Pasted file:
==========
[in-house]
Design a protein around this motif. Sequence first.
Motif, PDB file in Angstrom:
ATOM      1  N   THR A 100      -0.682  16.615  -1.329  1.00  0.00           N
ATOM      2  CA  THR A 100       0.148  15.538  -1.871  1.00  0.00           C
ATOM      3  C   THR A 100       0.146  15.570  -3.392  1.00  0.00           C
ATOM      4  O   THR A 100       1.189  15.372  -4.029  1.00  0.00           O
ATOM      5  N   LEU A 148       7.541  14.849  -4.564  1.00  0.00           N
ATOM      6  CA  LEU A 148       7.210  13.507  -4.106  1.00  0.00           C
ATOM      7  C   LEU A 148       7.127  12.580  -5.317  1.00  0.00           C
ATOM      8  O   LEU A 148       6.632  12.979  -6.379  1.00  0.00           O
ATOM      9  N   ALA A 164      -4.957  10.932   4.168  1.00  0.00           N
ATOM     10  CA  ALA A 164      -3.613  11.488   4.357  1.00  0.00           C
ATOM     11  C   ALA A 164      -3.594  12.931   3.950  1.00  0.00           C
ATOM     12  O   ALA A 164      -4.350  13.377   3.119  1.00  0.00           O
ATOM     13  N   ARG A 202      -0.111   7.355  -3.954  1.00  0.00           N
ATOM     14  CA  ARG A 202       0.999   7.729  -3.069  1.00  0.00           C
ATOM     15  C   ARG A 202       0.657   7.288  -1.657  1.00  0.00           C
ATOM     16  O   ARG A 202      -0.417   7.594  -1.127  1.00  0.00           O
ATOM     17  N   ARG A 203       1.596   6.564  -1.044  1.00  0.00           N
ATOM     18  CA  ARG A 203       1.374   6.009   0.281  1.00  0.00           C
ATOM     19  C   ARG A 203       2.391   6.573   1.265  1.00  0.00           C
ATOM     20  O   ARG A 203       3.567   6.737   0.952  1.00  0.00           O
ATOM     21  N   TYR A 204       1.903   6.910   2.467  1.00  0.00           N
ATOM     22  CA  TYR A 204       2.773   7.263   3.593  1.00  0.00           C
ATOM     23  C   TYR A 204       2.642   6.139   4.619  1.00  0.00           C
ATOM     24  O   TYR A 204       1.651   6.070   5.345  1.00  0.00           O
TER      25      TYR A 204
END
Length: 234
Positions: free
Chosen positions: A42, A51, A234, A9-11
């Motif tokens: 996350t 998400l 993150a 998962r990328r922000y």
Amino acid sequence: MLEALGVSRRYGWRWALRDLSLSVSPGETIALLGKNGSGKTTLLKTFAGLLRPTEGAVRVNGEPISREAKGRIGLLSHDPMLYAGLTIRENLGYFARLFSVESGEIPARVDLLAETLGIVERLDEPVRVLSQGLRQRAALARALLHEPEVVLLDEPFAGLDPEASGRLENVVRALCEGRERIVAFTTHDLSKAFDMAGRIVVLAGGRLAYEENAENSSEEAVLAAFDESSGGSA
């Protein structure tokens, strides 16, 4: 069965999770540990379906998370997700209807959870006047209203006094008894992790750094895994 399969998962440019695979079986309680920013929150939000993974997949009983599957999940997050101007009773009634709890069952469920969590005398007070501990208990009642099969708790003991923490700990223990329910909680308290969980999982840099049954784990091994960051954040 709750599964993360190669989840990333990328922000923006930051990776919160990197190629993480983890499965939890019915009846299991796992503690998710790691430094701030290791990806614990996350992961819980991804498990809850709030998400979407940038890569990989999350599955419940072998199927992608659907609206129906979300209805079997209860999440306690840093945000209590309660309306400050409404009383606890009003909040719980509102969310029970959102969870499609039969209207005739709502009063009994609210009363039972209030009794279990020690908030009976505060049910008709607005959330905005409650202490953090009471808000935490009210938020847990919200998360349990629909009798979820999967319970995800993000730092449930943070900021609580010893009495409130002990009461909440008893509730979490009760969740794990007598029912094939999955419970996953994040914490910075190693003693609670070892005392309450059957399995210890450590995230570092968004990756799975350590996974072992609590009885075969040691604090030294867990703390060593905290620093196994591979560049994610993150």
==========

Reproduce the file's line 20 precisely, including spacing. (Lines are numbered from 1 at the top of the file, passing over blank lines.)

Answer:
ATOM     17  N   ARG A 203       1.596   6.564  -1.044  1.00  0.00           N